They'll lean on Ramirez -- though Moyer insisted that he was more worried about Furcal, because "if you can keep the rabbits off base, when the big donkeys come up, it helps." And that's a view that comes from experience. Moyer, despite his respect, noted that Ramirez can only do so much damage with no one on base.
So it's Moyer's mental approach, along with his physical preparation, that should give him a chance on Sunday to put the Dodgers in a perilous hole.
"The one thing about Jamie is he's probably as well-prepared as any guy I've ever seen," Phillies pitching coach Rich Dubee said. "I don't know that most of our young guys can do what he does in between starts. He's got a tremendous program. He's very religious about doing it. He stays on task all the time. And he's pitched with this stuff for a long time, so not having 93, 95 miles an hour doesn't faze him."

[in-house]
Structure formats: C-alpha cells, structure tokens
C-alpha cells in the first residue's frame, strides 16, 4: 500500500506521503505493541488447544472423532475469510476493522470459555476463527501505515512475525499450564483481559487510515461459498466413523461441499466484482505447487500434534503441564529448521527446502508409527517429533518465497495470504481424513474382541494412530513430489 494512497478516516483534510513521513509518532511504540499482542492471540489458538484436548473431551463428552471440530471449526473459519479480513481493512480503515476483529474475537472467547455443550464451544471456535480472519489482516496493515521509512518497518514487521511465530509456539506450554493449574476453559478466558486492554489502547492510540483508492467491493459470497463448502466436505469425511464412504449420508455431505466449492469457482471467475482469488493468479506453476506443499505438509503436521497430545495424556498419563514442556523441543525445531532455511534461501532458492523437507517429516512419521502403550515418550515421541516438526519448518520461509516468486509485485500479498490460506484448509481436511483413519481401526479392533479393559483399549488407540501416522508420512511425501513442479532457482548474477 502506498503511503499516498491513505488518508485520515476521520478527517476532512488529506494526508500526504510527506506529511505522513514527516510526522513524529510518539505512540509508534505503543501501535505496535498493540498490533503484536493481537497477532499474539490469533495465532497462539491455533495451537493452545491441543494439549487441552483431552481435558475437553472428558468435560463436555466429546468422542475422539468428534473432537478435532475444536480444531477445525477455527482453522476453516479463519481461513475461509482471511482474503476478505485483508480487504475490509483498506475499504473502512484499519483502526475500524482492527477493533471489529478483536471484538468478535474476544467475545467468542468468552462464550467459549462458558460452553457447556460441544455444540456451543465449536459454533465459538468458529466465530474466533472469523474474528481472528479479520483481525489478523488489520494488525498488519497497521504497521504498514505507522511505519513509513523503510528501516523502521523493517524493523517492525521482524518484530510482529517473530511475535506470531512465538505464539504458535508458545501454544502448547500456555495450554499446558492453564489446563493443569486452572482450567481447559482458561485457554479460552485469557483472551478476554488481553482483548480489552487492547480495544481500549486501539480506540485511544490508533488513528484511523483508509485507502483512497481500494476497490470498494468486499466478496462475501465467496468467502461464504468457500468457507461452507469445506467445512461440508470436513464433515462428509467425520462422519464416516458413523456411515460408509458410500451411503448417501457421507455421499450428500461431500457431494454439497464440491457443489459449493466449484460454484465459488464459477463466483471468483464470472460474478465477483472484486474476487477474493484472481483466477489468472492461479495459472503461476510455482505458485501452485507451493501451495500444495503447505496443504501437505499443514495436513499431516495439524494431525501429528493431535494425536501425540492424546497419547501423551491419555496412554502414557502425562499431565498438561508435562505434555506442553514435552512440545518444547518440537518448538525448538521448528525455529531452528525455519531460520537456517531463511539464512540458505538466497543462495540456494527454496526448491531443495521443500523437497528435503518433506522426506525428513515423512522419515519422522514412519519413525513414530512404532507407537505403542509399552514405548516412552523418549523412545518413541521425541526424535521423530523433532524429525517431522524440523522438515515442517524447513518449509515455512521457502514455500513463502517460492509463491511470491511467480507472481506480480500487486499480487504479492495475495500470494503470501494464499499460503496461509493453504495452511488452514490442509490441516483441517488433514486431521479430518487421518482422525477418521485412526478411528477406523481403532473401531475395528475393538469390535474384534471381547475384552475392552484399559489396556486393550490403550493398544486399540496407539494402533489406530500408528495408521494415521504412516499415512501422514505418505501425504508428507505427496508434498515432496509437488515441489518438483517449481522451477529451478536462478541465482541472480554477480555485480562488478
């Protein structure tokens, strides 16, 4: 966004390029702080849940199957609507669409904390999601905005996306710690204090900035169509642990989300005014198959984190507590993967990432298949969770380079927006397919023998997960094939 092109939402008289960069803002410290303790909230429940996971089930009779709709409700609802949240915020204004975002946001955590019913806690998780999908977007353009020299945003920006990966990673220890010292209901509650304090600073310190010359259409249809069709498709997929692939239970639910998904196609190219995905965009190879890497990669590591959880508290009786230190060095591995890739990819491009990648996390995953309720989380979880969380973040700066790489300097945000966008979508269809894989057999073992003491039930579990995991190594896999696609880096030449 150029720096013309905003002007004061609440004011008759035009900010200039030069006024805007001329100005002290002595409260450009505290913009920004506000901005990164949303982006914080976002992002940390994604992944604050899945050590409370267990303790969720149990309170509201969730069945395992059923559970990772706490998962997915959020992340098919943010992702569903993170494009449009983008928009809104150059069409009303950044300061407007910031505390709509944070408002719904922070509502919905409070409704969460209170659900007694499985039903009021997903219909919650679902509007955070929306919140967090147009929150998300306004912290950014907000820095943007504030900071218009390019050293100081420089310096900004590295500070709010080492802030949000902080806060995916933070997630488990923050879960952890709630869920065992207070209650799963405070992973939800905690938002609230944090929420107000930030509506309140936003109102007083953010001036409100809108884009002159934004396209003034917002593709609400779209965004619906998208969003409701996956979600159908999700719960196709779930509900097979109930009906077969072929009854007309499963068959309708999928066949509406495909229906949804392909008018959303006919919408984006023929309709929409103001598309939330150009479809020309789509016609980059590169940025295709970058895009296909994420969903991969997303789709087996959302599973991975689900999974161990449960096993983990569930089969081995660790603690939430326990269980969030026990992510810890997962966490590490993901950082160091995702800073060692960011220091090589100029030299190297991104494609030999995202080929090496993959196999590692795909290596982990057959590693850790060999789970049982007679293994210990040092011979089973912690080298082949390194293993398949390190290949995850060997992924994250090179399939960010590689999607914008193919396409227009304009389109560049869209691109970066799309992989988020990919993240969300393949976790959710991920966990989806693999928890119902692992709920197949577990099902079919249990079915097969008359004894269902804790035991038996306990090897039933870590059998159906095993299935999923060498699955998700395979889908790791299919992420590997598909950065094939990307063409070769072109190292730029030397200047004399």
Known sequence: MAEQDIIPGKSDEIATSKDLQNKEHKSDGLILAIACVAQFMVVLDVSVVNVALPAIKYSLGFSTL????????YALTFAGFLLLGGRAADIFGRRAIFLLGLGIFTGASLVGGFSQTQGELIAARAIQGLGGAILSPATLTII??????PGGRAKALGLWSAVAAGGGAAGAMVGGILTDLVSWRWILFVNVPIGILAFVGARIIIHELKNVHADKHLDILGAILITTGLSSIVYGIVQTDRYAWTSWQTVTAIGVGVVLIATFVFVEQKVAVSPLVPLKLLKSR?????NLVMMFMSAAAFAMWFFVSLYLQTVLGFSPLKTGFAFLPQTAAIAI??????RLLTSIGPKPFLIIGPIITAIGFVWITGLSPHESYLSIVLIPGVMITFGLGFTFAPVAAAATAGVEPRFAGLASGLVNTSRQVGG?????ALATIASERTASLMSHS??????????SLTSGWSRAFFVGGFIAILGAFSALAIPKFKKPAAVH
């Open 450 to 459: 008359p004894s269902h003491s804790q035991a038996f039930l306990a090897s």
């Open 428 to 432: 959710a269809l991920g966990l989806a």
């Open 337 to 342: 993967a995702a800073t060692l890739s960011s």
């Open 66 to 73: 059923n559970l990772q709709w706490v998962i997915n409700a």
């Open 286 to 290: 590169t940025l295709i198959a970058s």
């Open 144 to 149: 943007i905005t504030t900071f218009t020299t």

Pressure-packed situations normally don't faze him either -- though it helps that the Phillies, winners of eight of their past nine games overall, will enter Game 3 with every last scrap of momentum.
"And when you have momentum, boy, and you can maintain it, it's important," Moyer said. "Right now we have some, and we'll see where it takes us."
Anthony DiComo is a reporter for MLB.com. This story was not subject to the approval of Major League Baseball or its clubs.